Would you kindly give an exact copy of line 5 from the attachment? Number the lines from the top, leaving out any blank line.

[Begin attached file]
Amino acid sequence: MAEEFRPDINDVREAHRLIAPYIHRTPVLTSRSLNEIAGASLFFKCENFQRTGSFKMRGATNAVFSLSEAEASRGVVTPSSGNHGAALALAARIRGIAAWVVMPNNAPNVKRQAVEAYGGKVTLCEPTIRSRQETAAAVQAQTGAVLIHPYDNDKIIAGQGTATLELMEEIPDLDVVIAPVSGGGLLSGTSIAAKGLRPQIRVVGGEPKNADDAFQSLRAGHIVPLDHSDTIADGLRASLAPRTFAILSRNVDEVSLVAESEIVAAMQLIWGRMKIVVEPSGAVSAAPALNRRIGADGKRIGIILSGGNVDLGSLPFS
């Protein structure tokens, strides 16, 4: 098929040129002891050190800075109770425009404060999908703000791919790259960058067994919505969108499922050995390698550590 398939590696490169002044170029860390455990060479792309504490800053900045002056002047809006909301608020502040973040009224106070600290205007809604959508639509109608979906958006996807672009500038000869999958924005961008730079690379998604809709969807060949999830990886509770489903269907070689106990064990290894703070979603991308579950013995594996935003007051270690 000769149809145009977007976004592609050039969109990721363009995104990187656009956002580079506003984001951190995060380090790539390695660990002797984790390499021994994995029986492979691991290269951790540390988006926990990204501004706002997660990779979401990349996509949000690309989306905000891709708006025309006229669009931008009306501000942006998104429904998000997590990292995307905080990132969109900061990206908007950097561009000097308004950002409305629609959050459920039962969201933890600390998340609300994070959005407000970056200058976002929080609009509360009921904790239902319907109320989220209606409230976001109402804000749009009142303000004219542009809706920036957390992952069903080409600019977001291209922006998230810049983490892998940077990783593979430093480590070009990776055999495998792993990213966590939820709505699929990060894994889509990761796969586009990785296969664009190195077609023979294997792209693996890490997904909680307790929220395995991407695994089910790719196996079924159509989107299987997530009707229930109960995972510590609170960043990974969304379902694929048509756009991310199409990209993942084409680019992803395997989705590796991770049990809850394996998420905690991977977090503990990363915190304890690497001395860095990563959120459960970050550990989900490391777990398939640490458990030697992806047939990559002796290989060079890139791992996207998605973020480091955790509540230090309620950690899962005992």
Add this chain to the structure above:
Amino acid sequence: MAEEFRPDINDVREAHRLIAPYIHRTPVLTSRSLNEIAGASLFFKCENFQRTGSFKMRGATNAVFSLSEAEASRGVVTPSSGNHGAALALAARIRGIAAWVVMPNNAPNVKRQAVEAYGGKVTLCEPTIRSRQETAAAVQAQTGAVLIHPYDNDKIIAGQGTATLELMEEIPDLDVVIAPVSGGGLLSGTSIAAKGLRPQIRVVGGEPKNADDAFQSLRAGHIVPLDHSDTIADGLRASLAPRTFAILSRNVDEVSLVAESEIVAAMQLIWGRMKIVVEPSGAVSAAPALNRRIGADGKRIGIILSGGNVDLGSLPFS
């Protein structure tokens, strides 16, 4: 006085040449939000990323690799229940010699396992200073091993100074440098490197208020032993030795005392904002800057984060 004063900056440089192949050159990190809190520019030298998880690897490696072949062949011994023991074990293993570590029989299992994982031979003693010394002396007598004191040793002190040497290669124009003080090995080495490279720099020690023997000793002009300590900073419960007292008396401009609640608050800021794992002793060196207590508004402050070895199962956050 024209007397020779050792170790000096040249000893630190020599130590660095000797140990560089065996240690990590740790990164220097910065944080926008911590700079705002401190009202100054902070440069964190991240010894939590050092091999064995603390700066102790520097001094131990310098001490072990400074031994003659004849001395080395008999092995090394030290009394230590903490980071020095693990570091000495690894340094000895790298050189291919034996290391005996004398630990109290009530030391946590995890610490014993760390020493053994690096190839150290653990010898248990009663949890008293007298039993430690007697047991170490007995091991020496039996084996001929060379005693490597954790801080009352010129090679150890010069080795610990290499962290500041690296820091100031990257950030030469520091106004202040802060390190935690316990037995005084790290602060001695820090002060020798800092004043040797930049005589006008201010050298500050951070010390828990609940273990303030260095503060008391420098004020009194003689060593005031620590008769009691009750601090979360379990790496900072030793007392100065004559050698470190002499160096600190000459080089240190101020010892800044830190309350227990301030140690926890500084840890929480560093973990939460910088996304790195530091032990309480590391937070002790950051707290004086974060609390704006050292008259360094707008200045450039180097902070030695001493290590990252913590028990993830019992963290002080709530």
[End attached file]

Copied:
């Protein structure tokens, strides 16, 4: 006085040449939000990323690799229940010699396992200073091993100074440098490197208020032993030795005392904002800057984060 004063900056440089192949050159990190809190520019030298998880690897490696072949062949011994023991074990293993570590029989299992994982031979003693010394002396007598004191040793002190040497290669124009003080090995080495490279720099020690023997000793002009300590900073419960007292008396401009609640608050800021794992002793060196207590508004402050070895199962956050 024209007397020779050792170790000096040249000893630190020599130590660095000797140990560089065996240690990590740790990164220097910065944080926008911590700079705002401190009202100054902070440069964190991240010894939590050092091999064995603390700066102790520097001094131990310098001490072990400074031994003659004849001395080395008999092995090394030290009394230590903490980071020095693990570091000495690894340094000895790298050189291919034996290391005996004398630990109290009530030391946590995890610490014993760390020493053994690096190839150290653990010898248990009663949890008293007298039993430690007697047991170490007995091991020496039996084996001929060379005693490597954790801080009352010129090679150890010069080795610990290499962290500041690296820091100031990257950030030469520091106004202040802060390190935690316990037995005084790290602060001695820090002060020798800092004043040797930049005589006008201010050298500050951070010390828990609940273990303030260095503060008391420098004020009194003689060593005031620590008769009691009750601090979360379990790496900072030793007392100065004559050698470190002499160096600190000459080089240190101020010892800044830190309350227990301030140690926890500084840890929480560093973990939460910088996304790195530091032990309480590391937070002790950051707290004086974060609390704006050292008259360094707008200045450039180097902070030695001493290590990252913590028990993830019992963290002080709530």